A vestige of the so-called "Précieuses" (gatherings of intellectual society ladies to discuss the "questions of love", credited in part for establishing French literary classicism), poets and moralists of the "Grand Siècle", the concept of "galenterie", or gallantry, represented one of the values of French identity in the 18th century. L’Astrée (1607-1628), the great novel by Honoré d'Urfé (1567-1625) which narrates the utopian loves of the shepherds, imparted a sense of propriety to the topic until the 18th century.
Without aiming to stifle the inclinations of feelings, "l'amour galant" advocated tenderness, sincerity, mutual respect and loyalty, all with absolute discretion. At the end of the 1730s, the painter François Boucher (1703-1770) became the inventor of a new iconography that combined the theme of love and romance with pastoral gallantry, taking particular inspiration from d'Urfé.It was in this school of painting that Fragonard, who was a pupil of Boucher in the early 1750s, undertook his first apprenticeship in romantic iconography. He brought with him, however, a more candid and sensual touch which would create a stir in Arcadia.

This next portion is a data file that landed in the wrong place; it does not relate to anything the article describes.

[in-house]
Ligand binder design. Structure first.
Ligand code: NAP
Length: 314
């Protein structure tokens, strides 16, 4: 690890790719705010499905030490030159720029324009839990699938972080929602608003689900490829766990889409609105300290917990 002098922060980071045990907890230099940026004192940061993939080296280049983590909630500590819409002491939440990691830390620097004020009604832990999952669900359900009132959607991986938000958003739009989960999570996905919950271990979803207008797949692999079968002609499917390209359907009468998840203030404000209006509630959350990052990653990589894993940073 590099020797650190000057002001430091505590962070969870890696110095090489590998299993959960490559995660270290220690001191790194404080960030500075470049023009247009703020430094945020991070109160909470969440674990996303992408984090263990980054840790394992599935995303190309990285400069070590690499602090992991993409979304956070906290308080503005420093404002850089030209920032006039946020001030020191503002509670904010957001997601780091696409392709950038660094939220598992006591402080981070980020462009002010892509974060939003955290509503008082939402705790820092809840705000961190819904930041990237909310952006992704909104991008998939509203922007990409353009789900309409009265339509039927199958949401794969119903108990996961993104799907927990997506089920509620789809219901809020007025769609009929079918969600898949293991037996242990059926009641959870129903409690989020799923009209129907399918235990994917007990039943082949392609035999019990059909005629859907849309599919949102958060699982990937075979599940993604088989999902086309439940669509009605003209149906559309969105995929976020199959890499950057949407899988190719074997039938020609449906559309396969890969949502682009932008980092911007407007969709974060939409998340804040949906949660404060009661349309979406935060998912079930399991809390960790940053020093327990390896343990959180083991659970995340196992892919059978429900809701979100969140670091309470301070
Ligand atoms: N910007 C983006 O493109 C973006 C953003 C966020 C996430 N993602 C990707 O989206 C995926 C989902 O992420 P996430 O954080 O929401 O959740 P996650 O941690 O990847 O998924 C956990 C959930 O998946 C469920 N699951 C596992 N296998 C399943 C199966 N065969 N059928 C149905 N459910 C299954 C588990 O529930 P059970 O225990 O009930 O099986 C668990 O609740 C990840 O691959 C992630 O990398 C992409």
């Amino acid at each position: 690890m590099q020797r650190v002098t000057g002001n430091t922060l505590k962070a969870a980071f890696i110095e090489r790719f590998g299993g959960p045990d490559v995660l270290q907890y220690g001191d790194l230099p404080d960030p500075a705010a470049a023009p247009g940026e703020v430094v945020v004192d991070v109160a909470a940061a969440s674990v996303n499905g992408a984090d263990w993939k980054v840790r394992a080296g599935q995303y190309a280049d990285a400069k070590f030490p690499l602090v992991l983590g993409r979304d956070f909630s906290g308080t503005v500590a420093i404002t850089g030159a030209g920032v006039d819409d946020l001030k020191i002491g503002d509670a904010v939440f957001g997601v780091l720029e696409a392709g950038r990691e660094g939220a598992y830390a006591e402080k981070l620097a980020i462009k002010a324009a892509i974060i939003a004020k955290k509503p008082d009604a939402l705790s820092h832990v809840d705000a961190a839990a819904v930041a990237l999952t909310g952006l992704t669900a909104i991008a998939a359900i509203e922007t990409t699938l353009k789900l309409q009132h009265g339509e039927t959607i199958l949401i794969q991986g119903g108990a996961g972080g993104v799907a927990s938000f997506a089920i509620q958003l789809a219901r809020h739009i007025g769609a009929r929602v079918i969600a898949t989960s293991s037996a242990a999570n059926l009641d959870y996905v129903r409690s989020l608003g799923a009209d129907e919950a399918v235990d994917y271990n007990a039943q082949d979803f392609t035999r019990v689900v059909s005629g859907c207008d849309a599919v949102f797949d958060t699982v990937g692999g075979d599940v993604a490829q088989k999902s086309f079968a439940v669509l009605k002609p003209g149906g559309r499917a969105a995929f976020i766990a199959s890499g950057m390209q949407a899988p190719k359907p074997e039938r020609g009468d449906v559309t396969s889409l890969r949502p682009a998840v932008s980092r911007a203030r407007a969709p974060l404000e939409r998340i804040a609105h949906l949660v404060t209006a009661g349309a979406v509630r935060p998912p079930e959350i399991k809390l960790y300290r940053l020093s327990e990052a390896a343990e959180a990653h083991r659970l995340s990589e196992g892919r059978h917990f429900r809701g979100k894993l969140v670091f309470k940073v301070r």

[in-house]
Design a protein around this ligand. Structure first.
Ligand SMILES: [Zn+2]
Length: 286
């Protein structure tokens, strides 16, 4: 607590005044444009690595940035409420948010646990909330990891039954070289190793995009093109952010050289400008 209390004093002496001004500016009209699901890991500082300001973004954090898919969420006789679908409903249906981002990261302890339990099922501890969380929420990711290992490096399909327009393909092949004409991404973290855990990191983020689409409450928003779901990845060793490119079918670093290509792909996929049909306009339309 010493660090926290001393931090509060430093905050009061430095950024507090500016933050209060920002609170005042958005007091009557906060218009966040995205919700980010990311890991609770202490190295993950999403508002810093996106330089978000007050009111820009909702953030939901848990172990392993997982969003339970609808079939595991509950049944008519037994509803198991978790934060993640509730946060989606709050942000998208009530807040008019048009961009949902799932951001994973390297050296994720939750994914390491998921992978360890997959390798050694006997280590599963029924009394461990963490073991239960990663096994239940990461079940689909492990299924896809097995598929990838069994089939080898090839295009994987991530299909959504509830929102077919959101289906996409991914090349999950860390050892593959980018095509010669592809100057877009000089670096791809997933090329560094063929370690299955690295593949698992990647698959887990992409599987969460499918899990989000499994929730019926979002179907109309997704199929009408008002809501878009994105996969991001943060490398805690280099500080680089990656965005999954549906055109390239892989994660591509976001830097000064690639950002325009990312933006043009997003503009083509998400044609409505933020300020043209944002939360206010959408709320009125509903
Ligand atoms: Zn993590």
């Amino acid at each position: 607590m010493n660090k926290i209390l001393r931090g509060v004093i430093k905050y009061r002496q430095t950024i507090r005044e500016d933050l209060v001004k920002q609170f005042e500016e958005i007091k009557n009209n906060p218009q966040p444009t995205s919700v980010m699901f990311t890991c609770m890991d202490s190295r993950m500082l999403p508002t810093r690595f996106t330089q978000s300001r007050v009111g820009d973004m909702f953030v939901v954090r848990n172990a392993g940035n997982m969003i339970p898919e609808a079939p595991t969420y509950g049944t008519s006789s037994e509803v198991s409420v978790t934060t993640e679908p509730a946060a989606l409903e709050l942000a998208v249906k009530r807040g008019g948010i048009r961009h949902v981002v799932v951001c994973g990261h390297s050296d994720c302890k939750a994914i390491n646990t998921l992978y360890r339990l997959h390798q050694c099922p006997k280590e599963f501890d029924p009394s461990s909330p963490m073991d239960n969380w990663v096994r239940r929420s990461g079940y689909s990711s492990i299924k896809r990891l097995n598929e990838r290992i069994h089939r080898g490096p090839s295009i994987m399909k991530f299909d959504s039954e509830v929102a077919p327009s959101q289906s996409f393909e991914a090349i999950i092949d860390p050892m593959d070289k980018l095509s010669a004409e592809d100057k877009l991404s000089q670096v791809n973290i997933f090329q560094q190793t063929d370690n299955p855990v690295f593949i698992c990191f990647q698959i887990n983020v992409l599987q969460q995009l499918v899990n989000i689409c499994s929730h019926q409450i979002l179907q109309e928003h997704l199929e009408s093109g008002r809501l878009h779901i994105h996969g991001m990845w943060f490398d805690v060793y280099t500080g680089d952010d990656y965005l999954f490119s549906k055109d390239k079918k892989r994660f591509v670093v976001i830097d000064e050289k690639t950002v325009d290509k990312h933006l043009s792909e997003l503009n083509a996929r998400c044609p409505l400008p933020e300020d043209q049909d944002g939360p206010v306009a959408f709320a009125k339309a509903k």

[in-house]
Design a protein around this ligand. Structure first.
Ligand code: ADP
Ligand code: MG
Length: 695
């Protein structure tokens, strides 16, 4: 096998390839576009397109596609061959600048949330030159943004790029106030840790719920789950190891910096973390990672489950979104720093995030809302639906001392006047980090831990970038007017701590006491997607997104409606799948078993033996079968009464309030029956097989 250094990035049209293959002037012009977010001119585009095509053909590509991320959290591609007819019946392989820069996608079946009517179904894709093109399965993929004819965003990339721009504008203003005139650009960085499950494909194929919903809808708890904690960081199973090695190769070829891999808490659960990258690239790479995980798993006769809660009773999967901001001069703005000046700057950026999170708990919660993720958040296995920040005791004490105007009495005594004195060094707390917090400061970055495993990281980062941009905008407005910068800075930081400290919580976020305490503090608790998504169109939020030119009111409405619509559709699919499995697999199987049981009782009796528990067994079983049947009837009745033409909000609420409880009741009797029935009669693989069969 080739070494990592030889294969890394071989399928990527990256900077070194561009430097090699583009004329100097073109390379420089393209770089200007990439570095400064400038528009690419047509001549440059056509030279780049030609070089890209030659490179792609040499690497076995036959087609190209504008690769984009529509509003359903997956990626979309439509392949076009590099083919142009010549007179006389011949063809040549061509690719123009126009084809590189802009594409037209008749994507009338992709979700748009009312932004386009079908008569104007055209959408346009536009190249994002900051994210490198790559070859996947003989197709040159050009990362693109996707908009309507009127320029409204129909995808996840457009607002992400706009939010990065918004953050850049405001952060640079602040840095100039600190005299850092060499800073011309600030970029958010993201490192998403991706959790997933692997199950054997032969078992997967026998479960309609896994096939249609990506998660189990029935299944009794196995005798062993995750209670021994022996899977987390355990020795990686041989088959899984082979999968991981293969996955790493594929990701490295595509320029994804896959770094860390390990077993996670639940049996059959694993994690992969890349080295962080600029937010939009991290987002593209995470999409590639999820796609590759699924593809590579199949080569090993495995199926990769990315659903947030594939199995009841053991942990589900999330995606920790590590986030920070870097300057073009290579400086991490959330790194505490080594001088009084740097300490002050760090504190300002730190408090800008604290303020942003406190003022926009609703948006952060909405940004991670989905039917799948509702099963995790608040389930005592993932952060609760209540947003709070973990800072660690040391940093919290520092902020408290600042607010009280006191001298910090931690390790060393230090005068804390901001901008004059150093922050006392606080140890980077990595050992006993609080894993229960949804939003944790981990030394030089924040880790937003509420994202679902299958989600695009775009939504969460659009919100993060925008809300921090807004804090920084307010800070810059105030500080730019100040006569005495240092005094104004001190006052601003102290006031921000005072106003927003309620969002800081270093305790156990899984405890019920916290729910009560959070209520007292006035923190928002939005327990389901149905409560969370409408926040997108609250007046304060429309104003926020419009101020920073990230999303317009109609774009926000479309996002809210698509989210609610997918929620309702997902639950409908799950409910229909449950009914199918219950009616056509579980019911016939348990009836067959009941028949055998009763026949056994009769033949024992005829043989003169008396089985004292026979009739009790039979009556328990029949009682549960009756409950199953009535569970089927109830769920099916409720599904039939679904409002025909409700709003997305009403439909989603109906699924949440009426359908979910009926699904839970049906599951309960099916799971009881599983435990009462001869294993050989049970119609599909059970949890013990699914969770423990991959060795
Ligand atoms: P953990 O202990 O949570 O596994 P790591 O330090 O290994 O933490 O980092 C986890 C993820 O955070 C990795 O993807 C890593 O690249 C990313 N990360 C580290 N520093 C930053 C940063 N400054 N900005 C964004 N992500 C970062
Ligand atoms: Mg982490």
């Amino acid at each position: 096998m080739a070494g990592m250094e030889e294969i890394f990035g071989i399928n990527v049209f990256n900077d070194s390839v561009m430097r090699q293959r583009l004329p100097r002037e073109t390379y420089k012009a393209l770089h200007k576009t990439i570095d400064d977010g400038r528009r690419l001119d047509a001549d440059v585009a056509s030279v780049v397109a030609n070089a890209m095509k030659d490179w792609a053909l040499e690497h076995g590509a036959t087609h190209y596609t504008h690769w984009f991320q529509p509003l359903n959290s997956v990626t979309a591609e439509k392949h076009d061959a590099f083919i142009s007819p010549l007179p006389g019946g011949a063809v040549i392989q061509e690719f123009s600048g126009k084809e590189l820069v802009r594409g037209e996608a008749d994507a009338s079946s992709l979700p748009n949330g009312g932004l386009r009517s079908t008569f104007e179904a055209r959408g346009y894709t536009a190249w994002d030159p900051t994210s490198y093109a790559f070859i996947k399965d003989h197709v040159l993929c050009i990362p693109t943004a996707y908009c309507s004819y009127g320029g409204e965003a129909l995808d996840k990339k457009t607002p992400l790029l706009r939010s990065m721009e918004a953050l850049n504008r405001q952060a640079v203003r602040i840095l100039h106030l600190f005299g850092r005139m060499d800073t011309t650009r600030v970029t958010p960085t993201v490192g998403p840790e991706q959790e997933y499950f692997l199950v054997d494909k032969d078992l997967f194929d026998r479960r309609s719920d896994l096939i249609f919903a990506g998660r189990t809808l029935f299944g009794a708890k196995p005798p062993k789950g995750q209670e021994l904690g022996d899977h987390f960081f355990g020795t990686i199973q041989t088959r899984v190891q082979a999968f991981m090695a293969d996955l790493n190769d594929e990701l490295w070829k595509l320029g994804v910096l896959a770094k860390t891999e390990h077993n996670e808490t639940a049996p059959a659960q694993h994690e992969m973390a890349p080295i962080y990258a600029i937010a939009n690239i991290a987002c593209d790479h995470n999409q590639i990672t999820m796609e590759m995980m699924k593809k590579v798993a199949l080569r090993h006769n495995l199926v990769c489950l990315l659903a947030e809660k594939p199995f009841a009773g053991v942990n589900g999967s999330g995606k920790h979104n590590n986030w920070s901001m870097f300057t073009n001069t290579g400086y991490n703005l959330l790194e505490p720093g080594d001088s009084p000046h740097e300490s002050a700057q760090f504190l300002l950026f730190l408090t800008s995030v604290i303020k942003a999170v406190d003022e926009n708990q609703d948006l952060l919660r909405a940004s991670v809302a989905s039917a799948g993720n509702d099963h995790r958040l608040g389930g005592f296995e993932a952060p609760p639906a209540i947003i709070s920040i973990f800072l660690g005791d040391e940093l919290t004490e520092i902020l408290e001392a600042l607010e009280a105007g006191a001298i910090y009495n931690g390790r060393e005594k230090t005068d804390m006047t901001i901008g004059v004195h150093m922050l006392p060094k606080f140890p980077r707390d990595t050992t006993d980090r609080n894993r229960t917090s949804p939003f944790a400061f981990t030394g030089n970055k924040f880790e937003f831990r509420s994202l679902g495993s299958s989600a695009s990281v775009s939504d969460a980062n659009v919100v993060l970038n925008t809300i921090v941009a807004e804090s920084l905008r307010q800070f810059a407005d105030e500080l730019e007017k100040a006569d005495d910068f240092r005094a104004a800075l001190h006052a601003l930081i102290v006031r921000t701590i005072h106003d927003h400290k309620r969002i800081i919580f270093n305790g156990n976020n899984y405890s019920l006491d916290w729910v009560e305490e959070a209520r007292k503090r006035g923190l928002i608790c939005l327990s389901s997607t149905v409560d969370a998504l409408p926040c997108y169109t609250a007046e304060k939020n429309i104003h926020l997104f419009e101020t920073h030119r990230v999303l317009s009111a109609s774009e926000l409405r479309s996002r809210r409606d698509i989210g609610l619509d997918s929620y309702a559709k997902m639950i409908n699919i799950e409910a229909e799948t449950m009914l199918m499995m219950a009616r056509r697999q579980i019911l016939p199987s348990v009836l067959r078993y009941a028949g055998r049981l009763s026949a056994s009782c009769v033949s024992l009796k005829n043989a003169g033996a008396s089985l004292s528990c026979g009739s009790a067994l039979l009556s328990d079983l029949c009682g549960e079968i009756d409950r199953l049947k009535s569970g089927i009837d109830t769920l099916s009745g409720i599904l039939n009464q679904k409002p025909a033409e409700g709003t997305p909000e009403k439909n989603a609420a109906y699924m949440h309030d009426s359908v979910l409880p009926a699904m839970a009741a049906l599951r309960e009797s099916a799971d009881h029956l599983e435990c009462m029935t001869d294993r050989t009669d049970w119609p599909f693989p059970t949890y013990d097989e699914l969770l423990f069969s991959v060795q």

Fragonard in love. Suitor and libertine, until 24 January 2016 at the Musée du Luxembourg
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